14. Workplace Well-being: A Critical Review and the Case of Mindfulness-based Programs (James Donald, Anya Johnson and Helena Nguyen)
Part IV: Reflections on Work and Organizations
15. Labouring Under the New Capitalism (Chris Howell)
Russell D. Lansbury is Emeritus Professor of Employment Relations at the University of Sydney Business School where he was Associate Dean (Research).
Anya Johnson is a Senior Lecturer at the University of Sydney Business School, Work and Organisational Studies and Co-Director of the Body Heart and Mind in Business research group.
Diane van den Broek is Associate Professor in the Discipline of Work and Organisational Studies at the University of Sydney Business School.
'This is a gem of a book for those wanting to understand the dramatic changes that are occurring in the world of work. It draws on a wealth of research and insights from a wide range of scholars from diverse disciplines, as has always been represented by the best work in the discipline of Work and Organisational Studies at Sydney University’s Business School.' — Judy Wajcman, Anthony Giddens Professor of Sociology, London School of Economics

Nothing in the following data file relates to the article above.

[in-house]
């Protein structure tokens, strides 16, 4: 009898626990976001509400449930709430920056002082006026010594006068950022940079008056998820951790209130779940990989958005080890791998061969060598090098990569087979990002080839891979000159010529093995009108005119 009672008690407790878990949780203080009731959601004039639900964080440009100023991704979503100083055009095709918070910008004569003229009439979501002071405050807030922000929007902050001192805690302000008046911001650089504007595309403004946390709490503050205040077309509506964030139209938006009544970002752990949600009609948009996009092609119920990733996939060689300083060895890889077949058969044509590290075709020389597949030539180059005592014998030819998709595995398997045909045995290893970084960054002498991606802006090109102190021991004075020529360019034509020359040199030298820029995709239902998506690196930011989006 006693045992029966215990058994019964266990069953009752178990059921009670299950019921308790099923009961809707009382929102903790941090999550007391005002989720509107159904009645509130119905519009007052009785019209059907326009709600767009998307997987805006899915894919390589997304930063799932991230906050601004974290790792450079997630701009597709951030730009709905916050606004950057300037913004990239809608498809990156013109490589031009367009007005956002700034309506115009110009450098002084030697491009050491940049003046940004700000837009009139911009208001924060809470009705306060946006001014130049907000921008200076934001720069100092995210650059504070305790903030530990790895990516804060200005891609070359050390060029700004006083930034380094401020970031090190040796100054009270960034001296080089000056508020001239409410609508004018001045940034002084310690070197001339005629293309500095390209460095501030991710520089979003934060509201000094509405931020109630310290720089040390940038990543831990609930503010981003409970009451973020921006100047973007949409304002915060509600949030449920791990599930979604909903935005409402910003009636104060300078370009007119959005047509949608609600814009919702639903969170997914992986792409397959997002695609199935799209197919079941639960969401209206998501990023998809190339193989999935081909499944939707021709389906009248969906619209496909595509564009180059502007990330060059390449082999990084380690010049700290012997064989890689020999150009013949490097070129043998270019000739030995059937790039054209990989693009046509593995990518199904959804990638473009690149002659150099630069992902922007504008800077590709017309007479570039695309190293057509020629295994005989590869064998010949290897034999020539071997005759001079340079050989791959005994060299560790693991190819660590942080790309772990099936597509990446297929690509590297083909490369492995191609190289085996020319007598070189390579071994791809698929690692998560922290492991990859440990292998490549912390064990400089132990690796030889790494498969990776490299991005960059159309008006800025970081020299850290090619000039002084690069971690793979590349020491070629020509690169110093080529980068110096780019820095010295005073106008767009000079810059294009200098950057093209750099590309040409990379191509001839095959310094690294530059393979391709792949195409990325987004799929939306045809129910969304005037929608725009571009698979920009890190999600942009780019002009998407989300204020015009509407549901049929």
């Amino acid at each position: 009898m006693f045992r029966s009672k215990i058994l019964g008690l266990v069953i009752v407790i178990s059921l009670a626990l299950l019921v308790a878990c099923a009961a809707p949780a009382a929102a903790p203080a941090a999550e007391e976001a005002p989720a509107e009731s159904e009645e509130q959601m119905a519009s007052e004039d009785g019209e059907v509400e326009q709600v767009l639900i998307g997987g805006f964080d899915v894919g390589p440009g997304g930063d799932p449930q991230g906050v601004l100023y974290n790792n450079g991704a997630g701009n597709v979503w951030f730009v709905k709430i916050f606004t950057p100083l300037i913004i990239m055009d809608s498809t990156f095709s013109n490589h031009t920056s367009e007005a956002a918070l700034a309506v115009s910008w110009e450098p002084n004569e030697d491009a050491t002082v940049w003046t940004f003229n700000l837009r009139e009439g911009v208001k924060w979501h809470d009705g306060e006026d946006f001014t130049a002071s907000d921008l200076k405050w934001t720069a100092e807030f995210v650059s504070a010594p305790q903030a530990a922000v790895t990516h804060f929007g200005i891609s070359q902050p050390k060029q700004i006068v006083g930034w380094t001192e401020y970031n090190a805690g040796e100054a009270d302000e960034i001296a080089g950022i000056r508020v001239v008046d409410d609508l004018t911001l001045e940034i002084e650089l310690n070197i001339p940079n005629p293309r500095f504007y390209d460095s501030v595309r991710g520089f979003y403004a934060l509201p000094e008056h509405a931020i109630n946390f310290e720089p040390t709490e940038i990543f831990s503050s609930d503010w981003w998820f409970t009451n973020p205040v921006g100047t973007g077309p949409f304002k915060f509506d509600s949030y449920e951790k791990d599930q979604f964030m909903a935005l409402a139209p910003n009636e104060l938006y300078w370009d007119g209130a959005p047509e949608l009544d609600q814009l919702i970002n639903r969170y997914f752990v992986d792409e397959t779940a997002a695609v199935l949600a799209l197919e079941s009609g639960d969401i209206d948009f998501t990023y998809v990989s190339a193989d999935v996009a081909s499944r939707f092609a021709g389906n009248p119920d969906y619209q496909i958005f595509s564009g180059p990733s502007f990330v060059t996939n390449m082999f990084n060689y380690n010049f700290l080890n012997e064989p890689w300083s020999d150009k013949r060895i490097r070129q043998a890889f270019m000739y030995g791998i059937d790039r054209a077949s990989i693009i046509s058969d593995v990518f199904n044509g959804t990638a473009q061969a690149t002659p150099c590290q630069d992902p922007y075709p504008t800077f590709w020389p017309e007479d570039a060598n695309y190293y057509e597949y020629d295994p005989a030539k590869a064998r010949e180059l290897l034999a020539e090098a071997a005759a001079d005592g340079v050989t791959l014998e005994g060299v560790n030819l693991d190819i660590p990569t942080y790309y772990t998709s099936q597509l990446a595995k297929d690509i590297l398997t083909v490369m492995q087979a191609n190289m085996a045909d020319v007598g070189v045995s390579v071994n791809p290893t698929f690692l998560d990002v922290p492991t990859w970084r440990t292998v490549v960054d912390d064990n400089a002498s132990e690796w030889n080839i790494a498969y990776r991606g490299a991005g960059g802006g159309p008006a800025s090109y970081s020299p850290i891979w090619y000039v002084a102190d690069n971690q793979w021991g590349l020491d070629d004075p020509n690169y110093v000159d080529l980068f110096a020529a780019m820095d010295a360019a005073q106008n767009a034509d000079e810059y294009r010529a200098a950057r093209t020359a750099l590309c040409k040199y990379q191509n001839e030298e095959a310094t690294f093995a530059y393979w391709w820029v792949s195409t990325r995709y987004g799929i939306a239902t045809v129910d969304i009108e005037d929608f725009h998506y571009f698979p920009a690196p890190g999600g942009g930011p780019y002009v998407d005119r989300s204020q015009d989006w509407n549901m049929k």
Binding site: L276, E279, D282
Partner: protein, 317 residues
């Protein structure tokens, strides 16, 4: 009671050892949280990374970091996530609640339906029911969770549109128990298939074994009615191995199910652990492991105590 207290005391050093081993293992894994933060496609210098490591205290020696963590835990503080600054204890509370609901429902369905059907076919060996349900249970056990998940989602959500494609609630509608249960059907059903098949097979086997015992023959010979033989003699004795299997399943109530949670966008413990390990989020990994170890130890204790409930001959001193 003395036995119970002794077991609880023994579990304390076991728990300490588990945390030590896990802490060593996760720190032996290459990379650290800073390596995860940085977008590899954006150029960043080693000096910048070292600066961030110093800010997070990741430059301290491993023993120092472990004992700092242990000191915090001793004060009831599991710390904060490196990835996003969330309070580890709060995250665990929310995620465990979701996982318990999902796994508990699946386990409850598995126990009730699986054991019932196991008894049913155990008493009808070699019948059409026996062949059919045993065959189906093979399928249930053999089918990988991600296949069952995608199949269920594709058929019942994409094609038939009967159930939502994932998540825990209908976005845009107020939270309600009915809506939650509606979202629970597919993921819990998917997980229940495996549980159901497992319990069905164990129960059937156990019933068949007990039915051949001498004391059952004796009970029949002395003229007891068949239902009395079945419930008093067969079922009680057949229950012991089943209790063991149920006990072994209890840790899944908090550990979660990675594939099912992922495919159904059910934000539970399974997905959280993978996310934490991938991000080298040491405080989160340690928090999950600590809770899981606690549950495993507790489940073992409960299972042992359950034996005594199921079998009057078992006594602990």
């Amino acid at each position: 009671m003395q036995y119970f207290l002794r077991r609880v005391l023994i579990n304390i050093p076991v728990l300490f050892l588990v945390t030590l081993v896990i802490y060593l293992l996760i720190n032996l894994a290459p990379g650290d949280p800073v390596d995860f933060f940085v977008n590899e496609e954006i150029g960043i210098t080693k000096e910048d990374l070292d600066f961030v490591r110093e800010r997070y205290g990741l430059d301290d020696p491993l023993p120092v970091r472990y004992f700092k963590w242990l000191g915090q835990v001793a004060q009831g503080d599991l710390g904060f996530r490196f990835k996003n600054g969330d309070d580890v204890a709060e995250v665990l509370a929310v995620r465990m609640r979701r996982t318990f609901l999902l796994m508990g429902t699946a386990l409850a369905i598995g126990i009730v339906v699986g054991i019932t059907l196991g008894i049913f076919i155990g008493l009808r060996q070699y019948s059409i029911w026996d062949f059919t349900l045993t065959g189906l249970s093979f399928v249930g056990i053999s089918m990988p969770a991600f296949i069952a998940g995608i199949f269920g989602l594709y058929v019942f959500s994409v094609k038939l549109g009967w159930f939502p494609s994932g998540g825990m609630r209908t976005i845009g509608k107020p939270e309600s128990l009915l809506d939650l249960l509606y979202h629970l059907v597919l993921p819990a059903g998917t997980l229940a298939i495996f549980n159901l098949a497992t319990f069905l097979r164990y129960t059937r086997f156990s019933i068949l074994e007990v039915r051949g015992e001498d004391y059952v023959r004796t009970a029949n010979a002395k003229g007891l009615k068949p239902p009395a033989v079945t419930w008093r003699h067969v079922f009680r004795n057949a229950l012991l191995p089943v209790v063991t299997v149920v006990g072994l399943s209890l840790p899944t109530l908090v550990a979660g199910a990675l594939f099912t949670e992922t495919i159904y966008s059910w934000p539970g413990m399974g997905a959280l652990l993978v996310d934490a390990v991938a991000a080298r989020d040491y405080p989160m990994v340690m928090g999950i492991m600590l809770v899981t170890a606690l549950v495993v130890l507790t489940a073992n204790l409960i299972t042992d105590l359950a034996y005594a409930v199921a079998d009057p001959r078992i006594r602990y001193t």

'This rich collection of essays demonstrates that the interdisciplinary scholarly tradition of Sydney University’s Department of Work and Organisational Studies is alive and well. The individual chapters paint a well-grounded picture of the changes underway in work systems and employment relations in Australia. Together they demonstrate the synergistic value of a vibrant and diverse research community. Readers will indeed learn even more from the total collection than from the sum of its parts.' — Thomas Kochan, George Maverick Bunker Professor of Management, MIT Sloan
'The laws and agreements that did so much to humanise work in the last century cannot tame today's more invasive markets and technologies. The book provides freshness in their insights into new forms of labour exploitation and into the ways they might be taught.' — William Brown, Emeritus Professor of Economics, University of Cambridge
'The world is moving rapidly into the digital economy. This is an innovative book which tackles the emerging issues of the new economy. The reputation of the authors and editors from the Work and Organisational Studies group at the University of Sydney is known world-wide. This book will be a market leader in this new field of knowledge.' — Janice Bellace, Samuel A. Blank Professor Emeritus of Legal Studies & Business Ethics, The Wharton School, University of Pennsylvania, USA
'This book provides comprehensive and insightful analysis of contemporary developments in the world of work, and the difficult challenges facing workers and employers.' — Andrew Pendleton, Professor, University of New South Wales, Australia